Demonetisation is now a law and order crisis

Surendra Kumar
Surendra KumarNov 25, 2016 | 09:03

Demonetisation is now a law and order crisis

Prime Minister Narendra Modi’s announcement on November 8 that the currency notes of Rs 500 and Rs 1,000 will cease to be a legal tender from midnight was a bold and imaginative move to deal a crushing blow to the generation and circulation of the black money, funding of terror by induction of fake currency notes and the way political parties fund their activities, especially the election campaigns.


In the long run, it should impede the ill effects of parallel economy and bring large amounts of black money into circulation in the form of white money and facilitate numerous developmental plans.

The government deserves kudos for maintaining absolute secrecy and taking the black money hoarders by surprise.


However, looking from the perspective of ordinary citizens, who are neither generators of black money nor hoarders who go about their uneventful daily lives with paltry sums of money in their hands to buy basic necessities, the execution of the brilliant idea has been a nightmare.

Supporters’ claim that its implementation has caused minor inconvenience is incorrect; they live in their ivory towers, cut off from the grass roots distress.

Most of them haven’t stood in a queue for eight hours for exchanging Rs 4,000 and gone back without getting the new notes and returned to join the queue the following day in hope of a better luck!

Calling millions of Indians’ harrowing experiences as a small inconvenience betrays utter insensitiveness and callousness. An old man in his 70s had to walk 10km every day to the only bank near his village on four days to get Rs 2,000 on the fifth day!


In late 1970s, no one could disagree that population control was in India’s national interest and deserved to be undertaken nationwide on priority as, in terms of population, we were adding one Australia every year.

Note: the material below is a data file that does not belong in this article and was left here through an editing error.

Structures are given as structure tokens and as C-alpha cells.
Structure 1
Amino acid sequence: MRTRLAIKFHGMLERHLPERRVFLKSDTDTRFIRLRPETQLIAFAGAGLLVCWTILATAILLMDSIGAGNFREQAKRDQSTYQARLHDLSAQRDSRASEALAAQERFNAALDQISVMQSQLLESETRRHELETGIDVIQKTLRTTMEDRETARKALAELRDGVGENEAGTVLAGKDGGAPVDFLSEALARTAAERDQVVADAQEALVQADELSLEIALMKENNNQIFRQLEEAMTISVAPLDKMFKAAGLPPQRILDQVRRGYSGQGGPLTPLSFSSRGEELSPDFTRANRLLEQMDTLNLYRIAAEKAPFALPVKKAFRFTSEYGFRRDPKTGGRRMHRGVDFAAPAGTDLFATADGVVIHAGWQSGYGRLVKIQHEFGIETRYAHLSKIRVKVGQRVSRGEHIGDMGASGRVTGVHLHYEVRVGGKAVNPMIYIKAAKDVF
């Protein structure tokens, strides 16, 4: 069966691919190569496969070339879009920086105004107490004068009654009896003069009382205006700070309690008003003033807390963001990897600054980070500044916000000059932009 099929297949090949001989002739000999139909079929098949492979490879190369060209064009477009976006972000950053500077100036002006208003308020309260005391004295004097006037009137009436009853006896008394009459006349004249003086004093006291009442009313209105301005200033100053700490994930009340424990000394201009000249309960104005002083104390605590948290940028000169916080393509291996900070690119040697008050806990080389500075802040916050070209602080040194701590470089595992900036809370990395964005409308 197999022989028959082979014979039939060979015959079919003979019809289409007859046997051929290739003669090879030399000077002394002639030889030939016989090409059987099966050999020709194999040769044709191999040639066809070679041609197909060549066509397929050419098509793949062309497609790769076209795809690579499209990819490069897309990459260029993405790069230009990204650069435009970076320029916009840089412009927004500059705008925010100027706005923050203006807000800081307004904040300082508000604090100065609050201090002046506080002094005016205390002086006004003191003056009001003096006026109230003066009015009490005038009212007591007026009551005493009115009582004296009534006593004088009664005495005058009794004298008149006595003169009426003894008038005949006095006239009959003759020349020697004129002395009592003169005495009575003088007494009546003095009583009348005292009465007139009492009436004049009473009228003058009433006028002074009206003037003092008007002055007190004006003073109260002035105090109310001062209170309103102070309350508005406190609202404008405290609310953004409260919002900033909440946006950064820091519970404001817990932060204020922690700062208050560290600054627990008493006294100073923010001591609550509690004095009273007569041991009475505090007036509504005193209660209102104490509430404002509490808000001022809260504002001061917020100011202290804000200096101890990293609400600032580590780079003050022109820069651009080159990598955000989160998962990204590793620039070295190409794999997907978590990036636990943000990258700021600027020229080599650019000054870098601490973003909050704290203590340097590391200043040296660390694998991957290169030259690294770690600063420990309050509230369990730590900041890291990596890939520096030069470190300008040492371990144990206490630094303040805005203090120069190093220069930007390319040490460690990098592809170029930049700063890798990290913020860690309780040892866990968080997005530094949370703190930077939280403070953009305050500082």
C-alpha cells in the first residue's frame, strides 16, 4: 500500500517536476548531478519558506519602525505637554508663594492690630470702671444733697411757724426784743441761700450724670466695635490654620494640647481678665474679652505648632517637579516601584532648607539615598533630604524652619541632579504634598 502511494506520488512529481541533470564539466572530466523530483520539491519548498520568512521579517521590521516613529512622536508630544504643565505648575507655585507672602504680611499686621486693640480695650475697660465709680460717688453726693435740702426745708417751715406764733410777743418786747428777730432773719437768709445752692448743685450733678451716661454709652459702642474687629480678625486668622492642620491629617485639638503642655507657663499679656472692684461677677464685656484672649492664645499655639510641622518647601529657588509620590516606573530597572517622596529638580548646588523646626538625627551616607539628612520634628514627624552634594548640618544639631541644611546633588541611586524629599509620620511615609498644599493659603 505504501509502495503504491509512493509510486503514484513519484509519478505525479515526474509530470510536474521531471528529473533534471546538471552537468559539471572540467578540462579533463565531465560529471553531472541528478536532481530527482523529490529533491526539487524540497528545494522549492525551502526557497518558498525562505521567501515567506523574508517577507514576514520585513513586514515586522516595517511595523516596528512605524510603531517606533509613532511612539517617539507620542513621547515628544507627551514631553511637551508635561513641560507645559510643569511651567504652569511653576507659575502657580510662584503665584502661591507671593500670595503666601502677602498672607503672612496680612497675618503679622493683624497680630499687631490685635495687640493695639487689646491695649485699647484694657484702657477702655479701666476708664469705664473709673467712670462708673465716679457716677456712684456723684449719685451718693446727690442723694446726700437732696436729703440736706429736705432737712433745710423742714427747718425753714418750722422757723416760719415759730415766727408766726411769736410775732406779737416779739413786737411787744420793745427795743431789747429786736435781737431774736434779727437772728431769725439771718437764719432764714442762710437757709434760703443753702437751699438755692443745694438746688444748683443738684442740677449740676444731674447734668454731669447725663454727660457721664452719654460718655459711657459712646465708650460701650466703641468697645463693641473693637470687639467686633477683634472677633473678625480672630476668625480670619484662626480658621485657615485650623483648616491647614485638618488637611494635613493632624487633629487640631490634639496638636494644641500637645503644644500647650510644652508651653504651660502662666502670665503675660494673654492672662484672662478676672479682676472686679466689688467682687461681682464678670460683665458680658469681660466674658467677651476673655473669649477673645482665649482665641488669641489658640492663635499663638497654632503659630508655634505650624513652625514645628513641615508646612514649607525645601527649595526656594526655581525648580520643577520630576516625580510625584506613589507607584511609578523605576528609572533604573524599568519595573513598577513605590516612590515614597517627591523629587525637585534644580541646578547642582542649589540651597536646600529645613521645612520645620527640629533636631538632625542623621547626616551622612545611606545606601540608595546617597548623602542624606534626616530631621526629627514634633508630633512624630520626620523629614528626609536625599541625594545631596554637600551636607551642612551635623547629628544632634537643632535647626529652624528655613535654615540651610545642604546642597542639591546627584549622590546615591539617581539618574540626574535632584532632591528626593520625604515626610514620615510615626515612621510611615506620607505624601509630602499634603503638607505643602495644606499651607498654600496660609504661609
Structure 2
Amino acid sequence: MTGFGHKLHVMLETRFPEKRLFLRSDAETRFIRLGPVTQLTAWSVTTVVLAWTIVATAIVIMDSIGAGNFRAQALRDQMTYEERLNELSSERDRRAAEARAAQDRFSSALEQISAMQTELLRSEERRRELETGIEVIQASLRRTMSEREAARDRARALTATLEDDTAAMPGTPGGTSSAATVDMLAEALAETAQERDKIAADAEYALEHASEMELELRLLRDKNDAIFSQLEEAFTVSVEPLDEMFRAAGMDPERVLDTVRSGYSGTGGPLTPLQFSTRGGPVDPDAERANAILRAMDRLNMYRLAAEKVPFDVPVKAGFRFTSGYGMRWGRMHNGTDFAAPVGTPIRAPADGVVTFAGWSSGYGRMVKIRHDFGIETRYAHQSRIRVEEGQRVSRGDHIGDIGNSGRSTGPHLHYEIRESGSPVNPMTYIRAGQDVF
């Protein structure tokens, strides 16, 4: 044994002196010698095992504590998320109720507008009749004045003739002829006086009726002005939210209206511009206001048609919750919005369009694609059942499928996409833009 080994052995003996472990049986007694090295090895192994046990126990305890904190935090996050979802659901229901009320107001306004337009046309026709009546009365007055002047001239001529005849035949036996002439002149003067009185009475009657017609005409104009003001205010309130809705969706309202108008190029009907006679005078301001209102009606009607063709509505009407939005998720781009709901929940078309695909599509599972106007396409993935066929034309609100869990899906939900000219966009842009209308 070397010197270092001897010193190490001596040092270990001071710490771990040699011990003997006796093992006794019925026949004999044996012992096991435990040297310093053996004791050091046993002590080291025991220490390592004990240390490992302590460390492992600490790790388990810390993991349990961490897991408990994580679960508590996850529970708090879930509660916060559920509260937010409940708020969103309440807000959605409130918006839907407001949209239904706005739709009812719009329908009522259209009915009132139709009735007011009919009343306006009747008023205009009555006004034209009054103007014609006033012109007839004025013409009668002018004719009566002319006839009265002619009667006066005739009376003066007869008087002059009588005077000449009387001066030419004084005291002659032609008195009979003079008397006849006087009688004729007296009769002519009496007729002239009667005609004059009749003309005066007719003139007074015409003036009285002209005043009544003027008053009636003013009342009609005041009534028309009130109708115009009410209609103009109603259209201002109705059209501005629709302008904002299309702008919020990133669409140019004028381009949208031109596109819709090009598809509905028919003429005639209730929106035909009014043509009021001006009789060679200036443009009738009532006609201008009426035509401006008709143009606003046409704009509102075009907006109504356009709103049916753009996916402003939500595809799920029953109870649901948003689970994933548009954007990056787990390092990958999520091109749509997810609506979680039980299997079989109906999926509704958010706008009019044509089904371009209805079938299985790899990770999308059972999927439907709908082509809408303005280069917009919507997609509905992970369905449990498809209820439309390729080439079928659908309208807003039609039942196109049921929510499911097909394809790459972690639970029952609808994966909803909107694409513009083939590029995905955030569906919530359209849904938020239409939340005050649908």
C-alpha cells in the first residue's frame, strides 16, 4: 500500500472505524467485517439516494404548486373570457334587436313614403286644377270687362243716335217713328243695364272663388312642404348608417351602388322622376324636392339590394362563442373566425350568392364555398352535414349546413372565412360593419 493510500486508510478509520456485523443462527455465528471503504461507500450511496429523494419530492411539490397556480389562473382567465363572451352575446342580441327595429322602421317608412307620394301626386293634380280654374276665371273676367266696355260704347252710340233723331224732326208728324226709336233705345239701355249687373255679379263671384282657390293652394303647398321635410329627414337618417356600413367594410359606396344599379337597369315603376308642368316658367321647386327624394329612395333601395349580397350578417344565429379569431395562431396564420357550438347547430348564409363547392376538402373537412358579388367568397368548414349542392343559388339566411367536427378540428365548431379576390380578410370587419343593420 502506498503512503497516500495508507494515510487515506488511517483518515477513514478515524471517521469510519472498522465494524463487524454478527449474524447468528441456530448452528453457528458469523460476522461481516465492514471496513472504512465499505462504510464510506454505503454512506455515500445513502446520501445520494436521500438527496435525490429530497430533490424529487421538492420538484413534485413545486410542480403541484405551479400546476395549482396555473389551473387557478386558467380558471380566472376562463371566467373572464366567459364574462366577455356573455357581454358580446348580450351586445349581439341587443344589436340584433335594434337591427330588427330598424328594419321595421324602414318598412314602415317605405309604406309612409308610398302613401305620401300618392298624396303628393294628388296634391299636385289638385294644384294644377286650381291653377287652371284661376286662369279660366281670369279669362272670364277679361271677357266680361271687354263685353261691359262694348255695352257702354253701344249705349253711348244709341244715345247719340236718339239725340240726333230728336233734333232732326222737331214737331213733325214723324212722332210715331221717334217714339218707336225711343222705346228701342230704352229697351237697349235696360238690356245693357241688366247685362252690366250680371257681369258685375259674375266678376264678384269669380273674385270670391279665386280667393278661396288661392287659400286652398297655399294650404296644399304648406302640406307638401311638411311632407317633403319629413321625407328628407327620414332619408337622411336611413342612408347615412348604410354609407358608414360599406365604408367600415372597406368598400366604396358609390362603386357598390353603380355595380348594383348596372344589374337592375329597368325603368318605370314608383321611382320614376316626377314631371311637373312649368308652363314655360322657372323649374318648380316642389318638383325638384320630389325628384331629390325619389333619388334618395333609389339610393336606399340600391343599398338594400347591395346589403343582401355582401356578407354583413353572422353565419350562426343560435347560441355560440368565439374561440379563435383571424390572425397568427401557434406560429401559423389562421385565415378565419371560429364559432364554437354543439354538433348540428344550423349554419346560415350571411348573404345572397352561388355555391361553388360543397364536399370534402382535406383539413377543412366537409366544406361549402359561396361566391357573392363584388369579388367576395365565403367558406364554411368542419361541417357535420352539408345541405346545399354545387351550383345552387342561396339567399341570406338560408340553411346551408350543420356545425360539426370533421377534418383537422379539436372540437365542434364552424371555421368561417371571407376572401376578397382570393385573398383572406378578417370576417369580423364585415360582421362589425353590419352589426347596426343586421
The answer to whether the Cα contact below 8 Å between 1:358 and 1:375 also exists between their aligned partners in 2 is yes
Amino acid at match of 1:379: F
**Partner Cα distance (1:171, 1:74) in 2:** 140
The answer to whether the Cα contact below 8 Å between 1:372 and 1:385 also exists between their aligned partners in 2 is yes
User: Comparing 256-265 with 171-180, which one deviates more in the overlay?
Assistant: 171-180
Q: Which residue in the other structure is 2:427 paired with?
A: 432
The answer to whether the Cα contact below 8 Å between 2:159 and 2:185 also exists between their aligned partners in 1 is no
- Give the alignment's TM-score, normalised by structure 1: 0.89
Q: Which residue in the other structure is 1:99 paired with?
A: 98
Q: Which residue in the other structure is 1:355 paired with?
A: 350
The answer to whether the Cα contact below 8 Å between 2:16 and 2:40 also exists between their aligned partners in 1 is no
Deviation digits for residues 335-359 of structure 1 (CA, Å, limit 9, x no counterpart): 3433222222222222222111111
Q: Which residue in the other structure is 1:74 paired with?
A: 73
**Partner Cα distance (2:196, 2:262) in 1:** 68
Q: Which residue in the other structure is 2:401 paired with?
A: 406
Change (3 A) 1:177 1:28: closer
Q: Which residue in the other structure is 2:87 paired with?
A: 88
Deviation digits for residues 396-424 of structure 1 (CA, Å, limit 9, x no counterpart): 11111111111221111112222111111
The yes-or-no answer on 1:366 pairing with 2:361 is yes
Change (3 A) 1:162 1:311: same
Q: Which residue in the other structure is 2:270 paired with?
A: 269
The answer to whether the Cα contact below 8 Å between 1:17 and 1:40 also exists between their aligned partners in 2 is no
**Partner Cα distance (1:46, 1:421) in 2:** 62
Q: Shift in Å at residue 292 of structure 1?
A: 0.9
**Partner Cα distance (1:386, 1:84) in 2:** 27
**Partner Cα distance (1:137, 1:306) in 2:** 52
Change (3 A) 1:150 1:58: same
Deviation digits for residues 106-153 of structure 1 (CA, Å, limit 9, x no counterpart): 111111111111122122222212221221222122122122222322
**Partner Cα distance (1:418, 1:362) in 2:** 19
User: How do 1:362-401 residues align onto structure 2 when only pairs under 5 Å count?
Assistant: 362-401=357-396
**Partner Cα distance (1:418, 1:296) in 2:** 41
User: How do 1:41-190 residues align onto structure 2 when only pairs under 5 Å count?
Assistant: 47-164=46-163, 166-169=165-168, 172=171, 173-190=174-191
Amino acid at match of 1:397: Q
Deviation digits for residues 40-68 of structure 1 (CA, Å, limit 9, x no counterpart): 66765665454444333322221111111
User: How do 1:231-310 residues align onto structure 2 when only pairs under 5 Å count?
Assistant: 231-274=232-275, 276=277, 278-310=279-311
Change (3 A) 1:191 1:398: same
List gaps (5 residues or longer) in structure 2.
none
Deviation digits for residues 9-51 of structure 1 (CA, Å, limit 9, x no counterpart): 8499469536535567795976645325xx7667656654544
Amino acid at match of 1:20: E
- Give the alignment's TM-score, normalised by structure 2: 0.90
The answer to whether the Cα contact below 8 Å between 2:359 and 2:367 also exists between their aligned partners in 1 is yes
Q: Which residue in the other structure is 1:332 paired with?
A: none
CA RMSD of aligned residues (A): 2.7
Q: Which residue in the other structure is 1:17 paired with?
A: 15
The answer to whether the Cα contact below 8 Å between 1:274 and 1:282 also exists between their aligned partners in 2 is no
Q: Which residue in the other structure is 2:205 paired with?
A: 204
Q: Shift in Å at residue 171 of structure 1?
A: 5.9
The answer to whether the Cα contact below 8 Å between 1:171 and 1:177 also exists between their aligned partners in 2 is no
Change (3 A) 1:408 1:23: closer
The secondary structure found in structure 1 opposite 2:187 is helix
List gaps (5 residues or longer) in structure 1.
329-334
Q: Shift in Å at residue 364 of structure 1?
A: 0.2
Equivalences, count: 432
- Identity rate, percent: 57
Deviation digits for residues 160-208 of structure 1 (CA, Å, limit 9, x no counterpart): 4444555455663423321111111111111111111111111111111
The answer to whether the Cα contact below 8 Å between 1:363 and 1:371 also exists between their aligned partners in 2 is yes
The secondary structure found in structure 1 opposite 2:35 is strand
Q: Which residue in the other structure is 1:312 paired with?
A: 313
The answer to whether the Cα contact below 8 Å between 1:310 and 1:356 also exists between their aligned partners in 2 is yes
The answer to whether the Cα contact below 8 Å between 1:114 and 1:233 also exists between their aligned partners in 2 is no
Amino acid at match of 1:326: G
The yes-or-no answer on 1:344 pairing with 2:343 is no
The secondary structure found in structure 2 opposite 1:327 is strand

PM Narendra Modi. (Photo credit: Reuters)

Obviously “nasbandi” was an inexpensive and effective family planning option.

However, the overzealous implementation of a sensible initiative created havoc. Rest is history.

The government and the ruling party are playing down the devastating disruption of normal life of millions of honest, upright common men, small farmers, small traders, daily wage earner: the unorganised sector which constitutes 86 per cent of India’s workforce which has little access to banks/ATM and plastic money.

The chief justice of India has expressed apprehension about the situation getting out of hand and causing law and order problem.

Some questions seek answers:

1. If 86 per cent of the black money is not kept in currency notes but in gold, bullion, real estate or staked abroad; demonetisation can only make a partial dent against black money.


2. The biggest users of the black money are the political parties and the biggest provider: India Inc. Unless the elections are wholly funded by the State or donations to the political parties are legalised and parties commit to accept contributions only through cheques/credit cards, circulation of black money can’t be eliminated.


3. Black money in most countries is generated because of the high rates of direct and indirect taxes. Hoarding and using black money can be dis-incentivised by drastically bringing down the tax rates.

4. Until rural banks and ATMs multiply many fold and use of plastic money expands exponentially current inconvenience and disruption of rural economy and unorganised sector will persist.


5. Exhorting citizens to be honest and transparent is easy; all political parties should set an example by bringing themselves under the ambit of the RTI.

6. What about a white paper about the loss to the economy in terms of man days lost on account of crores of people queuing up rather than working? Will GDP rate decline?

7. While some parties are crying hoarse as their black money allegedly became dust, why are some parties so nonchalant and not worried about funds?

(Courtesy of Mail Today.)

Last updated: November 26, 2016 | 16:14
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